march 9 2012

Willy Lizarraga

Berkeley, California

 

 

That morning, I had just finished sending my latest short story to a few literary magazines and contests. I had also just realized (after the fact, as usual) that I had made an unforgivable typo. I had written “staled emptiness.” And I was obsessing about the “d” before the emptiness, unwilling to let go.

Walking the streets of San Francisco. It was a sunny, nippy and casual Friday afternoon - in the programmed way the Financial District gets casual on Fridays. I was wearing red and black, like a romantic hero from a nineteenth century French novel, full of shit and unrestrained high hopes. I had taken BART from West Oakland, gotten off at Embarcadero Station and was now walking to meet my girlfriend at her office. We had arranged a date to edit (using the high-tech equipment at her disposal) the audio recording of the first ten minutes of my unpublished novel. It had to be no more than ten minutes. That was the Missouri Review Audio Contest’s main requirement.

I had originally thought of using just drums for the beginning and end of the recording. I thought an Elegguá track would do. Elegguá is the deity of transitions and crossroads in the Yoruba mythology. I thought of Elegguá because, since finishing this novel, I’ve been at a crossroads between resigned hopelessness and overly shy optimism about its future as an actual book. But if Elegguá was the right meta-literary background, the story about the novel’s narrator meeting the hottest transsexual mambo queen lip-synching diva in the annals of San Francisco (“la más chingona,” by all means) needed a more hummable Afro-Cuban opening - something like Jerry Gonzalez’s trumpet intro to “Hubo un lugar,” which is what I was humming while I walked up California Street to meet my fate. The early-Friday-afternoon mood loosened up the passers-by’s ties, the first beers of the day elicited the first weekend cheers, and the oblique glances people paid to each other on the street acquired a gingerly touch of Friday night flirtatiousness.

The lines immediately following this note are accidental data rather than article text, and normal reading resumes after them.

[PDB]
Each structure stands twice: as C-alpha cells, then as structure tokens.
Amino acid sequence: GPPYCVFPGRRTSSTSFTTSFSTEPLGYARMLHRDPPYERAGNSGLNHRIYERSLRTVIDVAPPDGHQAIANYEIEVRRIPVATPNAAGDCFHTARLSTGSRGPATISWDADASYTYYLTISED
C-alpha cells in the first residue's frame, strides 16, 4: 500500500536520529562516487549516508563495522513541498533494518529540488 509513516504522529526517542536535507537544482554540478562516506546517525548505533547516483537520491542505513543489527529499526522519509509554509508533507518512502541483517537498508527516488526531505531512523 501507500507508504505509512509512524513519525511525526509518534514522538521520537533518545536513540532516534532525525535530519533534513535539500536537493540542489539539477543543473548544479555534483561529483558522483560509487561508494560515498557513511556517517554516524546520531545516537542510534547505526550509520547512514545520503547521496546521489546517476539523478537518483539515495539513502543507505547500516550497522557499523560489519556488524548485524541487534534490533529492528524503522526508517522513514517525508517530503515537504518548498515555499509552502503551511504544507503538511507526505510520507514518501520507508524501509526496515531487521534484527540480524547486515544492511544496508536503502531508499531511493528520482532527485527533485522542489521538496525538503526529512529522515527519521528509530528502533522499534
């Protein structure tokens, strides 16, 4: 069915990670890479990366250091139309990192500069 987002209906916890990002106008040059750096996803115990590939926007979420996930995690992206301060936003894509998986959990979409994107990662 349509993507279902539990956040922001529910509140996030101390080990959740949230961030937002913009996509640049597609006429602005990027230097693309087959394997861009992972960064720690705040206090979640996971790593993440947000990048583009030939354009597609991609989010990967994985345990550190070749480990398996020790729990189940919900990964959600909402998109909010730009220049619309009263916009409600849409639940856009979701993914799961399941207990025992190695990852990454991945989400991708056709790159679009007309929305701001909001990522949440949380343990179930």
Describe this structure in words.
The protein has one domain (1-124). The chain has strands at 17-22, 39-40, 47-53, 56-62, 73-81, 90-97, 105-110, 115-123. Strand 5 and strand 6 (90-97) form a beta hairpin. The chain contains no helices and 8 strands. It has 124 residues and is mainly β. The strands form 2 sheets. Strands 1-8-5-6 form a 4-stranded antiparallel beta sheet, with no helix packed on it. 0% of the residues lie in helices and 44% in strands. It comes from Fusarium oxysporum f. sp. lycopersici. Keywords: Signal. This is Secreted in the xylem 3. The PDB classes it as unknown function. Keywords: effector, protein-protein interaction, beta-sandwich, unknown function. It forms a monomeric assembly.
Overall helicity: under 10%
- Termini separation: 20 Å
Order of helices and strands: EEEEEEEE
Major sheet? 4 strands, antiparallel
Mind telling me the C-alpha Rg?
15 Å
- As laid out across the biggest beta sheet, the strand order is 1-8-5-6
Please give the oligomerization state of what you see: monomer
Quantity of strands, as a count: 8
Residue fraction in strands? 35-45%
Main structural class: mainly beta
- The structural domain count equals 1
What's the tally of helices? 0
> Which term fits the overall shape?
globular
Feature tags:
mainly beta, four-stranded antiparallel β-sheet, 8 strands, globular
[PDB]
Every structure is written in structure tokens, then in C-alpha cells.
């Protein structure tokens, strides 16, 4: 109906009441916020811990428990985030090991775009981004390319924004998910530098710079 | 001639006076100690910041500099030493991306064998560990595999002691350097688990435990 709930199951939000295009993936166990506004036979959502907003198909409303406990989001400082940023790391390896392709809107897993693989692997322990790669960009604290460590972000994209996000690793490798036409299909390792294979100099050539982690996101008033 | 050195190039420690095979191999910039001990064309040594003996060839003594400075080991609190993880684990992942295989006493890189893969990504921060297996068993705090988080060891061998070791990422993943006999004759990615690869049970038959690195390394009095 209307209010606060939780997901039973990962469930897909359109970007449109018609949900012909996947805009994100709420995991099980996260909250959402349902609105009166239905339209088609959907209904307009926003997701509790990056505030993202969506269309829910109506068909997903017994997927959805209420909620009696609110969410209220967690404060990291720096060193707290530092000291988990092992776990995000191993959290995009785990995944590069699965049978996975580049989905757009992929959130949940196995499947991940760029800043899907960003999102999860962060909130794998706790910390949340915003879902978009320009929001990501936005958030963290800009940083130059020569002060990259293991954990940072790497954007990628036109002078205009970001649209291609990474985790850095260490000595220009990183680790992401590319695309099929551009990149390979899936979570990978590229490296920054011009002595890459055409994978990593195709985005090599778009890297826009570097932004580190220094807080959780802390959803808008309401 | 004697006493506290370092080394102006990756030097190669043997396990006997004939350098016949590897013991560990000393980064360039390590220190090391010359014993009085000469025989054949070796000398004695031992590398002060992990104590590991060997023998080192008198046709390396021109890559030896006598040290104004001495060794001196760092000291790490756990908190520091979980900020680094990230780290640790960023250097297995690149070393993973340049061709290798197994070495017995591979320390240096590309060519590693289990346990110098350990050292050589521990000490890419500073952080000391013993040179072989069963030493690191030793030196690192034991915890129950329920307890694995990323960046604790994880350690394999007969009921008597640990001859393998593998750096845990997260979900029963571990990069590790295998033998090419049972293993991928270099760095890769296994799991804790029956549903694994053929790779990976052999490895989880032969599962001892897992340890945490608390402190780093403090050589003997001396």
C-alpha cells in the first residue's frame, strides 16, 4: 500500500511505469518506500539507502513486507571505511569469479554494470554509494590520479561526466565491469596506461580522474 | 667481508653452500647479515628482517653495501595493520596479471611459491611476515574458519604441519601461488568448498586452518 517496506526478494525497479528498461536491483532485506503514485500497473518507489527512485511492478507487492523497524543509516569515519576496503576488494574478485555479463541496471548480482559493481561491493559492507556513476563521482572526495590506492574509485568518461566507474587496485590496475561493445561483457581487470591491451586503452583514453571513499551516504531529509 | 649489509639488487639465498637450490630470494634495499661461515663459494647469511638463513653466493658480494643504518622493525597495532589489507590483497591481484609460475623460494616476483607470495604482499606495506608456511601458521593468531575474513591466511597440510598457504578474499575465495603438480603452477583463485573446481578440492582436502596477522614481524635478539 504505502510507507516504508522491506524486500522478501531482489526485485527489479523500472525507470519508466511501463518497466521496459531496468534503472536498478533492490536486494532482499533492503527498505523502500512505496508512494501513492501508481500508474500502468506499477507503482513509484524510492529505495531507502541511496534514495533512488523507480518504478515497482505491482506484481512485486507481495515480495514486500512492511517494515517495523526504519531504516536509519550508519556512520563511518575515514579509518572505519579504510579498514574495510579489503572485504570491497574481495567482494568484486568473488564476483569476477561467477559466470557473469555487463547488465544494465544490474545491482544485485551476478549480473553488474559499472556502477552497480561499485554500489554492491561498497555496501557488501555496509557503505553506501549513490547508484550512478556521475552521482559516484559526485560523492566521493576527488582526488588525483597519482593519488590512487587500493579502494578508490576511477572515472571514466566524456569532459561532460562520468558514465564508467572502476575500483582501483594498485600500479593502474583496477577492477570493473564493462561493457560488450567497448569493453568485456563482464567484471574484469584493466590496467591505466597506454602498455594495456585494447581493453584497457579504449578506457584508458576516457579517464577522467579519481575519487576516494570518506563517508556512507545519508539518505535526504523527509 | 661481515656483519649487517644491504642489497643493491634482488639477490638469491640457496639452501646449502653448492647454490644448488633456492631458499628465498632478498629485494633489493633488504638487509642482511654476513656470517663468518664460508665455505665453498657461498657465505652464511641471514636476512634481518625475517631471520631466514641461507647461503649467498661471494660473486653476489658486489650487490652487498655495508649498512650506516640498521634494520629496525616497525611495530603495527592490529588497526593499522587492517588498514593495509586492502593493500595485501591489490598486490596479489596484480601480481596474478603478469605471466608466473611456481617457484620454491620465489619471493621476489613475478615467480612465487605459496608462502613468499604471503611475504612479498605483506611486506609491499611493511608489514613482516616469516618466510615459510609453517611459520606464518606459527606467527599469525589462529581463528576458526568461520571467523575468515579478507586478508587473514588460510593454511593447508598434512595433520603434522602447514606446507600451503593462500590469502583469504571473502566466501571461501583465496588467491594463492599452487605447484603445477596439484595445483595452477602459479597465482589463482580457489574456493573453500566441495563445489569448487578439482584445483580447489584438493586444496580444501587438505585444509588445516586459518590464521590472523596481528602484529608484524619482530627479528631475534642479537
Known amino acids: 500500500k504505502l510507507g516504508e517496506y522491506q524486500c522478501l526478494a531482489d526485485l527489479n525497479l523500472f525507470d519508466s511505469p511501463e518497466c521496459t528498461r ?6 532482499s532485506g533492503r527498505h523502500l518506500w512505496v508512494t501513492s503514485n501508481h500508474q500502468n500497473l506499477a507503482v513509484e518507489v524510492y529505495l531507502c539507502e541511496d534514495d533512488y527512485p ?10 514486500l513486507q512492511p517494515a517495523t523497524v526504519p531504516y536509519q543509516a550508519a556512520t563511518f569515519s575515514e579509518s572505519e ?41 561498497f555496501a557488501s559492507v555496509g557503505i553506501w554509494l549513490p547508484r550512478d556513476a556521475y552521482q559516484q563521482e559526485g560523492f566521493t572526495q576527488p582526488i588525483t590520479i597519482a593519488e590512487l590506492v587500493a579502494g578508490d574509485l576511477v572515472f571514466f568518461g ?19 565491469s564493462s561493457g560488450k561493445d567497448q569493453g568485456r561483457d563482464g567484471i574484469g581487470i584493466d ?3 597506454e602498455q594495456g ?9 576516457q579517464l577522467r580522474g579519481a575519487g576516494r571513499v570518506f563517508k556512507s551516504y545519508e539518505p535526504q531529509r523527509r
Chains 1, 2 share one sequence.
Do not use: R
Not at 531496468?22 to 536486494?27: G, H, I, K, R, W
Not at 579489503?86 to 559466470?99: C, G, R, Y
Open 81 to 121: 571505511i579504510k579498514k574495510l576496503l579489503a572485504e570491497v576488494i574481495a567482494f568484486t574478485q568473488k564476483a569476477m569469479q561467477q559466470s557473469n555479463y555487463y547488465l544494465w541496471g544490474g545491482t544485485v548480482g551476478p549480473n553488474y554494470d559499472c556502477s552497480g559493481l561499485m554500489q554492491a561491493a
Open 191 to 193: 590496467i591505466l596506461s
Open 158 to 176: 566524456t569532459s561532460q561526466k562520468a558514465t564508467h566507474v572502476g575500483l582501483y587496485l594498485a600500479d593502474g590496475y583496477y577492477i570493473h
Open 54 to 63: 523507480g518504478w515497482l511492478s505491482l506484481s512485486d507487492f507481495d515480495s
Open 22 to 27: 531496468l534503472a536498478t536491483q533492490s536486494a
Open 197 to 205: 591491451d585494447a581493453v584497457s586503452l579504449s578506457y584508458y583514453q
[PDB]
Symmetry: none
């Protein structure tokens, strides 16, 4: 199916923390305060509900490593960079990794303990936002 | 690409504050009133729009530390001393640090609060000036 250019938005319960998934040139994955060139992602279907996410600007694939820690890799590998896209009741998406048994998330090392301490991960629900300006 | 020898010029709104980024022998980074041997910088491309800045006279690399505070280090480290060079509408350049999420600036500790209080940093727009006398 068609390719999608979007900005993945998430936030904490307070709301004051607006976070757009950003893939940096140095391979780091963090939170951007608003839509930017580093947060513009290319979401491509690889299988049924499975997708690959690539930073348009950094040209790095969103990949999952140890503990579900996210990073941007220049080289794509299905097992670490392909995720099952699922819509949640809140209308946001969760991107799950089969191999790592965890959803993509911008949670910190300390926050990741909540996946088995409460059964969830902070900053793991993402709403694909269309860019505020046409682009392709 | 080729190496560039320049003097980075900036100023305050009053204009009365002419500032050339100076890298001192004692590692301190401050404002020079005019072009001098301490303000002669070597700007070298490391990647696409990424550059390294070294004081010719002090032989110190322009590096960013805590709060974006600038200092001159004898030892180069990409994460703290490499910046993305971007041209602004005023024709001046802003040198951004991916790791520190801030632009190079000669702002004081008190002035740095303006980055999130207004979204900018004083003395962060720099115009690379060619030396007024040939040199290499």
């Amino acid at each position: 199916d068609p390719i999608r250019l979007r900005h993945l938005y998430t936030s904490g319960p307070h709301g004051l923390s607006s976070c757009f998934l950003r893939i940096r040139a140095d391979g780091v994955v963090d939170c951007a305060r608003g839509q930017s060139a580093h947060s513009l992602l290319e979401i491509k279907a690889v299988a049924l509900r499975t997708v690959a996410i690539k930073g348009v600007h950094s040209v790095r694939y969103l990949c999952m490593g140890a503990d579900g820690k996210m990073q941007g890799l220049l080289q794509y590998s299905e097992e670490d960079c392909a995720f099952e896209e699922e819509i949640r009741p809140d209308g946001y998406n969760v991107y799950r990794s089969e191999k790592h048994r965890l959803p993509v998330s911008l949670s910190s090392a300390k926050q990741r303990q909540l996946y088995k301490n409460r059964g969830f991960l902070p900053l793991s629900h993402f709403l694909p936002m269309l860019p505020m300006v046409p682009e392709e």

I had no idea the music I was carrying with me would be insufficient and that it would take another editing session to finish “La Más Chingona.” I mean most of the action in the story takes place inside this bluesy joint in downtown Oakland. How could I think of not using Joe Turner’s “Every Day I Have the Blues” and Dr. John’s “Only In It For the Money”? At that moment, however, I thought Jerry Gonzalez’s trumpet was more than plenty. The crisp, warm afternoon, the last one before a series of long and mercilessly stormy ones, had a serene, carefree beauty, like the immense dark eyes of a slim, bald woman typing away - probably her latest novel, I thought - at a table at Starbucks, her delicate features made even more delicate by her perfectly shaved head.

And I have to say the rest of the evening had the same graceful, calm, purposeful quality, as if I had accomplished something really good or at least promising, and nothing could bother me. So when later in the evening, my girlfriend and I met with two of our dearest friends for dinner and then the four of us went to the theater, I couldn’t believe how ridiculously generous I felt about the play’s stuffy long-windedness (English stuffiness to top it all) and about its white character’s obnoxious racism. ’Cause to see two white doctors do whatever they want with a black man’s psyche (just because they could) and get away with it, I certainly didn’t need to go to the theater.

"LA MÁS CHINGONA" CLIP



       

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